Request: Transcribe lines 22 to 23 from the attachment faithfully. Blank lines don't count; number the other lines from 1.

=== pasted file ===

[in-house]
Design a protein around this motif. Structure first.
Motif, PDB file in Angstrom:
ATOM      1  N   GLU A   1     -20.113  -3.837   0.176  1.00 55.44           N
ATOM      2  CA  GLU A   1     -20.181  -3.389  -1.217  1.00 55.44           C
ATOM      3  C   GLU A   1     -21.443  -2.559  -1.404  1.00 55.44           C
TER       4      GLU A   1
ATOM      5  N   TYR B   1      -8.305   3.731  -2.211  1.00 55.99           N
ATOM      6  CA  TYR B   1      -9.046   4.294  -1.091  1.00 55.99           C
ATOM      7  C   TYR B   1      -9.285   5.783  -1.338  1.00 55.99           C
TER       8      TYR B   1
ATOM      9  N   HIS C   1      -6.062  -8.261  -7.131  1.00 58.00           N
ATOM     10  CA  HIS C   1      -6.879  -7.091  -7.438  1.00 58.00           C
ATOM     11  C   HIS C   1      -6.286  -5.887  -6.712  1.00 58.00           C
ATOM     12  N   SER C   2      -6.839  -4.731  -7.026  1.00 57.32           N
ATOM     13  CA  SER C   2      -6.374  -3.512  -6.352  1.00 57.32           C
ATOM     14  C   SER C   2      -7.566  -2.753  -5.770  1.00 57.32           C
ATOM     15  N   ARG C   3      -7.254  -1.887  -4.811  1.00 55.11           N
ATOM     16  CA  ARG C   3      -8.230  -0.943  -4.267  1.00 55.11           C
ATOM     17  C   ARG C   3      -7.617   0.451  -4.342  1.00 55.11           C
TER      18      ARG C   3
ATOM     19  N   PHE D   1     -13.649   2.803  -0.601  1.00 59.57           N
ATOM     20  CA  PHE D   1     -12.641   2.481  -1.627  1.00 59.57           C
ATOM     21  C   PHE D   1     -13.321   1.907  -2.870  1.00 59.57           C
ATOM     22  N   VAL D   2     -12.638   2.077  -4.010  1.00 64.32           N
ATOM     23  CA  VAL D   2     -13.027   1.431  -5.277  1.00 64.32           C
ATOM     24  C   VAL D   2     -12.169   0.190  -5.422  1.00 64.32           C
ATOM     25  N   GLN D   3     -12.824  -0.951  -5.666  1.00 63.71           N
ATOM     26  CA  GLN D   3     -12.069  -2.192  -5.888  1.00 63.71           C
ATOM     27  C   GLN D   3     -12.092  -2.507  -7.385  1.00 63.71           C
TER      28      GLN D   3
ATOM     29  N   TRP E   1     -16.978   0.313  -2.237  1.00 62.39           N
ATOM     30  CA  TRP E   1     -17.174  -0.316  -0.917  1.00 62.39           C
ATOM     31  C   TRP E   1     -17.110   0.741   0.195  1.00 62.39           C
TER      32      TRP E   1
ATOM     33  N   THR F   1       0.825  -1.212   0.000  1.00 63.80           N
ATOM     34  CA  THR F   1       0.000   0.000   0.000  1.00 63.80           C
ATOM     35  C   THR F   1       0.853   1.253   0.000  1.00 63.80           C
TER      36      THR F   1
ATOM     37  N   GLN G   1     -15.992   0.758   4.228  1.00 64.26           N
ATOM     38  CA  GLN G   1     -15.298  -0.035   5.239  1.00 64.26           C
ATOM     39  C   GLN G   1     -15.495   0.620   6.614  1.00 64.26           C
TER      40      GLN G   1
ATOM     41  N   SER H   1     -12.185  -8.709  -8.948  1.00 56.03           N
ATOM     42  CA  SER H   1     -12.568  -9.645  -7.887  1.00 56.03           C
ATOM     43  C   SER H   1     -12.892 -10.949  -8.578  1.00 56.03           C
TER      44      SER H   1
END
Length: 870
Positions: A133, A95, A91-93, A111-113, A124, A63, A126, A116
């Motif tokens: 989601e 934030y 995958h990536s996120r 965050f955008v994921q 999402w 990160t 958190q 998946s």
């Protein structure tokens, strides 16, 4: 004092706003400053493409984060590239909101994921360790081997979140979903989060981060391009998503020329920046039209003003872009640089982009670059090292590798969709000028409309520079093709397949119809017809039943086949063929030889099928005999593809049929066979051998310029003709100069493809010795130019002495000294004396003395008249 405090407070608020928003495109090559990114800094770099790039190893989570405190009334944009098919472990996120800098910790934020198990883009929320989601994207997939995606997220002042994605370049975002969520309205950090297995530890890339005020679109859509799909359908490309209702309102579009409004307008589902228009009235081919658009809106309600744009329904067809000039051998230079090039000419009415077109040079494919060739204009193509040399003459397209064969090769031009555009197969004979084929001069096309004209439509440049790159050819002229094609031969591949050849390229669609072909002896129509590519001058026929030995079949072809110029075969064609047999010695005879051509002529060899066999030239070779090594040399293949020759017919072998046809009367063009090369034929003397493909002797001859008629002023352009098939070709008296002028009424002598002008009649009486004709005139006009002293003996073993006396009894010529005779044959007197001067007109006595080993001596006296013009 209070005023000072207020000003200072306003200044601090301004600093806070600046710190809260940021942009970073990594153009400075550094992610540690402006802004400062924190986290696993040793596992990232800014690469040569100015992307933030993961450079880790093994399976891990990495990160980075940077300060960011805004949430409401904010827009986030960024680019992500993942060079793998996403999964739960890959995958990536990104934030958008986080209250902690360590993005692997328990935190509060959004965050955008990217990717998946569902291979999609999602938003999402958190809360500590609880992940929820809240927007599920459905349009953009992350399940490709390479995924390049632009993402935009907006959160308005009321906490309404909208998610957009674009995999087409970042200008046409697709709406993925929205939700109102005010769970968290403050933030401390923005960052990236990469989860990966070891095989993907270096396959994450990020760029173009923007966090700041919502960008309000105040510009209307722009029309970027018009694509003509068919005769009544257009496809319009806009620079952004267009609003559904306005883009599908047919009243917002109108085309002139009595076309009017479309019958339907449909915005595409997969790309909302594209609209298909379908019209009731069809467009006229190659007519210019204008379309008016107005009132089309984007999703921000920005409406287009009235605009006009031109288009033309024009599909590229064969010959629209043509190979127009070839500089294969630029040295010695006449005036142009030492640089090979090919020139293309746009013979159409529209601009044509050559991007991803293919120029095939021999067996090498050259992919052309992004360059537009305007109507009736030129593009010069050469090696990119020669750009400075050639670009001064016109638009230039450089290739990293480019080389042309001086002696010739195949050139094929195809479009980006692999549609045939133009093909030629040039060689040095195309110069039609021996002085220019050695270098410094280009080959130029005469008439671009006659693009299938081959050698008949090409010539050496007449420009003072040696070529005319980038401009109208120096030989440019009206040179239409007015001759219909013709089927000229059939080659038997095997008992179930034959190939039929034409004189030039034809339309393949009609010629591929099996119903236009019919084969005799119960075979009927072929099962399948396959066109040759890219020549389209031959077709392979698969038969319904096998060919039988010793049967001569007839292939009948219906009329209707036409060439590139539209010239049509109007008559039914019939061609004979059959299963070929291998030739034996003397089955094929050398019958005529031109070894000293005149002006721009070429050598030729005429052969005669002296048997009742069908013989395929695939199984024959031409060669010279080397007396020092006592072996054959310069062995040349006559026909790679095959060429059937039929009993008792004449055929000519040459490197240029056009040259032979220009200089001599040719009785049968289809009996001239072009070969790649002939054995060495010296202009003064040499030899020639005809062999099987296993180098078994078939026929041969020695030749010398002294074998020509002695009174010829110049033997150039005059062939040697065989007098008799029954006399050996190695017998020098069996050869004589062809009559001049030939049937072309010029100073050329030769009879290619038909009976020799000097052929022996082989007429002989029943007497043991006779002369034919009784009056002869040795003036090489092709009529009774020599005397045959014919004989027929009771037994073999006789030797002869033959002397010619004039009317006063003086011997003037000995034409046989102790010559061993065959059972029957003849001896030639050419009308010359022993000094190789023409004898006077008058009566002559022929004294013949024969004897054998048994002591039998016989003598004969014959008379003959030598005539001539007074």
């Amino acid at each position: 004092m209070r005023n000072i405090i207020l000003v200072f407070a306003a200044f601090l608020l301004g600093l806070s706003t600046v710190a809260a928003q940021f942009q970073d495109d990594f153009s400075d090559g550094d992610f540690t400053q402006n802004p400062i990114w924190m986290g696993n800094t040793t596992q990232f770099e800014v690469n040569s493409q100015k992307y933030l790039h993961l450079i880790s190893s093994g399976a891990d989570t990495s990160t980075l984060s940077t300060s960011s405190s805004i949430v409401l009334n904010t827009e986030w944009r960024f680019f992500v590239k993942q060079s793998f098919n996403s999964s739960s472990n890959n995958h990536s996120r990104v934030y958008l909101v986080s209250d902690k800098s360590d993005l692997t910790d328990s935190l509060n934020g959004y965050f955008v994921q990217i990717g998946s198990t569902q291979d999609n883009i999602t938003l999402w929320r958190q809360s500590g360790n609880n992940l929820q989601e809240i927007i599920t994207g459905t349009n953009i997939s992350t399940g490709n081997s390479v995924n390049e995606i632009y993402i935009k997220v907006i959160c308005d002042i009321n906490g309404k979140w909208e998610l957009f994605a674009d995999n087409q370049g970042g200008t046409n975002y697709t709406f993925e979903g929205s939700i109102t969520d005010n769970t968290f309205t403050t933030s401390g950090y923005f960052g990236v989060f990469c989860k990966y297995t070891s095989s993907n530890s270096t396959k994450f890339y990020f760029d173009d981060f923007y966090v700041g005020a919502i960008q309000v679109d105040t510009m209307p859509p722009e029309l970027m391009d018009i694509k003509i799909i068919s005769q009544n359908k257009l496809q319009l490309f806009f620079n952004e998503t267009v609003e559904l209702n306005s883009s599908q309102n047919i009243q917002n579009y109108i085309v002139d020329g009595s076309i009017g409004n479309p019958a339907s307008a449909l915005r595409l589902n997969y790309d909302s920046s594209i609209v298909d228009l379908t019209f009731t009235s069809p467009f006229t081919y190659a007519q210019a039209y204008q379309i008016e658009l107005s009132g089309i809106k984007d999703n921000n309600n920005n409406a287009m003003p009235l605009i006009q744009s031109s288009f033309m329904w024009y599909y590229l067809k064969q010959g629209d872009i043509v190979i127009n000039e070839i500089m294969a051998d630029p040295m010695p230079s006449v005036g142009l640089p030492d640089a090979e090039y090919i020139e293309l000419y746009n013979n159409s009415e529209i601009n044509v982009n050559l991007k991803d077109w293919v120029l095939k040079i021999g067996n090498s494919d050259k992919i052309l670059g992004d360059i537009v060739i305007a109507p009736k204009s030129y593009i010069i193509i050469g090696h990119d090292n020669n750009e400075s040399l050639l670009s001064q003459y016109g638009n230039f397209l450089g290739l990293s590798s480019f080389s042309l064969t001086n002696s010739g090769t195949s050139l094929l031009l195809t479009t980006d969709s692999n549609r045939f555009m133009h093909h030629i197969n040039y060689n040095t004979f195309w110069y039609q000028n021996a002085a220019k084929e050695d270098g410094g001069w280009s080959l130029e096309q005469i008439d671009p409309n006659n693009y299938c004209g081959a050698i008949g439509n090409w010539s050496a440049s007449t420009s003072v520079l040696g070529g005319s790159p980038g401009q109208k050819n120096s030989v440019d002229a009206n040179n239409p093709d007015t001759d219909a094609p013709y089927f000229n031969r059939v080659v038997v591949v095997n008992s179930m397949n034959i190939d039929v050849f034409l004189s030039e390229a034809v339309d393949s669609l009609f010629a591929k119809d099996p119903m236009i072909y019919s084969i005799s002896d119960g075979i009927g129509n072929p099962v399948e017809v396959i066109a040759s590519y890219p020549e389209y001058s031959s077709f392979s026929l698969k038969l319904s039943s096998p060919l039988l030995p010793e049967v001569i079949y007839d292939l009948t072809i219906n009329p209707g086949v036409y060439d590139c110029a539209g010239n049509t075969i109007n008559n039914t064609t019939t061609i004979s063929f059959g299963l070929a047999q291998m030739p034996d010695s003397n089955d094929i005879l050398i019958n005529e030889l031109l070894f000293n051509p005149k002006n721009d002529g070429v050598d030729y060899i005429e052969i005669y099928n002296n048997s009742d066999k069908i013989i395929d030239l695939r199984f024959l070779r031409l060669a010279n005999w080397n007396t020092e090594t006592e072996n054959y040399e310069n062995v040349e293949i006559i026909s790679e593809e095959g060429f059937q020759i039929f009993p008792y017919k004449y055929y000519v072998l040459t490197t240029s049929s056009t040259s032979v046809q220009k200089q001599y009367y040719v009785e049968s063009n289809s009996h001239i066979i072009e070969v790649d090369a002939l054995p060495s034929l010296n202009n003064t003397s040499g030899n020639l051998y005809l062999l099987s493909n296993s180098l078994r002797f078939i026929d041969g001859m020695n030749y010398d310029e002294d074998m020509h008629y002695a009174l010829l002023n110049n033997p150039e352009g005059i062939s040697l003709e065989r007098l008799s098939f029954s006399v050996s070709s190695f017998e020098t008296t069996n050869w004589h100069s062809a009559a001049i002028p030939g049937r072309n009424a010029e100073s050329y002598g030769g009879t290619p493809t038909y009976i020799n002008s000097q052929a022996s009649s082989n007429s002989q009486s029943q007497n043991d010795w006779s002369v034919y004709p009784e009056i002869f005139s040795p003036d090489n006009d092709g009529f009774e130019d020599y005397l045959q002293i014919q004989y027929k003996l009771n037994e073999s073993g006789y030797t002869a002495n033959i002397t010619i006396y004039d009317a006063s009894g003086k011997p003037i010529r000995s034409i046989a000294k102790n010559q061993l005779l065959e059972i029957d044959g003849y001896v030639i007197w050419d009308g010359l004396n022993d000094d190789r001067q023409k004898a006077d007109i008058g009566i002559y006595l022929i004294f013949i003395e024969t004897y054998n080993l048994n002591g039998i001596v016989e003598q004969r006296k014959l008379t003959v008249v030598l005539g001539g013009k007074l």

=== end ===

ATOM     19  N   PHE D   1     -13.649   2.803  -0.601  1.00 59.57           N
ATOM     20  CA  PHE D   1     -12.641   2.481  -1.627  1.00 59.57           C